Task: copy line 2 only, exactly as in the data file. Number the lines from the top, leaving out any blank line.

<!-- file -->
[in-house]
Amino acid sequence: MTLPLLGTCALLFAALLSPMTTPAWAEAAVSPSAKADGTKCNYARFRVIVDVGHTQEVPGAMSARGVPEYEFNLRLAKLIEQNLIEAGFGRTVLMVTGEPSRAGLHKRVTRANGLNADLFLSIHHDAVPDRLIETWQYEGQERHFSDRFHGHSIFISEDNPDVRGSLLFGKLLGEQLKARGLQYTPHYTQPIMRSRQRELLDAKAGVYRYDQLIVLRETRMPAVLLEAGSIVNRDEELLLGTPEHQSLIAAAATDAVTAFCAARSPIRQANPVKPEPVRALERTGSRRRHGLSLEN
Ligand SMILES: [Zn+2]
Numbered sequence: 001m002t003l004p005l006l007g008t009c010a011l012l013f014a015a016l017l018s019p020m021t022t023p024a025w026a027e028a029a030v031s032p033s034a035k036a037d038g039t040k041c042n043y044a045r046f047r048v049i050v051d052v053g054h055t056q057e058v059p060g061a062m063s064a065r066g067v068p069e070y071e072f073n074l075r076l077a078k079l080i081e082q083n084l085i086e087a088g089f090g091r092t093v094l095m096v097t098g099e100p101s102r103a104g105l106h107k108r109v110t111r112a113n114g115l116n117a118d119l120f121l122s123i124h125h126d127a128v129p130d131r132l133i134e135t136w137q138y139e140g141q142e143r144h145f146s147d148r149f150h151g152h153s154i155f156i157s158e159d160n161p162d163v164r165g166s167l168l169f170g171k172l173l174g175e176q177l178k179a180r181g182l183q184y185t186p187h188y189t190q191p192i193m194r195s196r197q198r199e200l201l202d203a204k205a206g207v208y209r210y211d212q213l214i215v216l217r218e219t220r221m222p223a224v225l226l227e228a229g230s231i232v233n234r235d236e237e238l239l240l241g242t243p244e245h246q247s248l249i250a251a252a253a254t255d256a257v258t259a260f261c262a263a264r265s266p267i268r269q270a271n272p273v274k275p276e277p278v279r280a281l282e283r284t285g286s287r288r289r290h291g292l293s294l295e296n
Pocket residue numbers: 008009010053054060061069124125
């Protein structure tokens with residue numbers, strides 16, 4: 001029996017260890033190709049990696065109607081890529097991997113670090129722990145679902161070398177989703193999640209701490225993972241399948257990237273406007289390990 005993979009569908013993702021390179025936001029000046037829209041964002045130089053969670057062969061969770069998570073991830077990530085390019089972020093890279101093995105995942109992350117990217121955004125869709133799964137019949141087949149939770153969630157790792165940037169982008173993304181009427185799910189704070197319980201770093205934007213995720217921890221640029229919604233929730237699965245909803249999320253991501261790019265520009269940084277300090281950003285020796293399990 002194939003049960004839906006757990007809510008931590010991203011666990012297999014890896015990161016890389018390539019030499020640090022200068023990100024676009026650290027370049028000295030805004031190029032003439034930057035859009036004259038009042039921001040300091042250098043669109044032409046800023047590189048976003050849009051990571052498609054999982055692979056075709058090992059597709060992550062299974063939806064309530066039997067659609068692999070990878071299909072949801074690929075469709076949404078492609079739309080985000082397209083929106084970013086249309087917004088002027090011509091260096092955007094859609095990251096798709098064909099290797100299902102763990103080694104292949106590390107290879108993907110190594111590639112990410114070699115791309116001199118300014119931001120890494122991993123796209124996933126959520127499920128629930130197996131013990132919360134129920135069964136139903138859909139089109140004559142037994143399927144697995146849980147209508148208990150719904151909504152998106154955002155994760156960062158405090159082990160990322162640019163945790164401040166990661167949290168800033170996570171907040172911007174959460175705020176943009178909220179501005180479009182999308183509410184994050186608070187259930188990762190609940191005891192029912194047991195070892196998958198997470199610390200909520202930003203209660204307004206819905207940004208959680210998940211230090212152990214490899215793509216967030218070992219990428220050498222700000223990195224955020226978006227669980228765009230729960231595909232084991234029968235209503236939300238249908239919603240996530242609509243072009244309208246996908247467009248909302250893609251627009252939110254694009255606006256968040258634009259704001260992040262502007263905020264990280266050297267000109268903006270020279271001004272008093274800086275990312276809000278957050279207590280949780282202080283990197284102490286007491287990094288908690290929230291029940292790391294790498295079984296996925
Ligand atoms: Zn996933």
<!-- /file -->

Amino acid sequence: MTLPLLGTCALLFAALLSPMTTPAWAEAAVSPSAKADGTKCNYARFRVIVDVGHTQEVPGAMSARGVPEYEFNLRLAKLIEQNLIEAGFGRTVLMVTGEPSRAGLHKRVTRANGLNADLFLSIHHDAVPDRLIETWQYEGQERHFSDRFHGHSIFISEDNPDVRGSLLFGKLLGEQLKARGLQYTPHYTQPIMRSRQRELLDAKAGVYRYDQLIVLRETRMPAVLLEAGSIVNRDEELLLGTPEHQSLIAAAATDAVTAFCAARSPIRQANPVKPEPVRALERTGSRRRHGLSLEN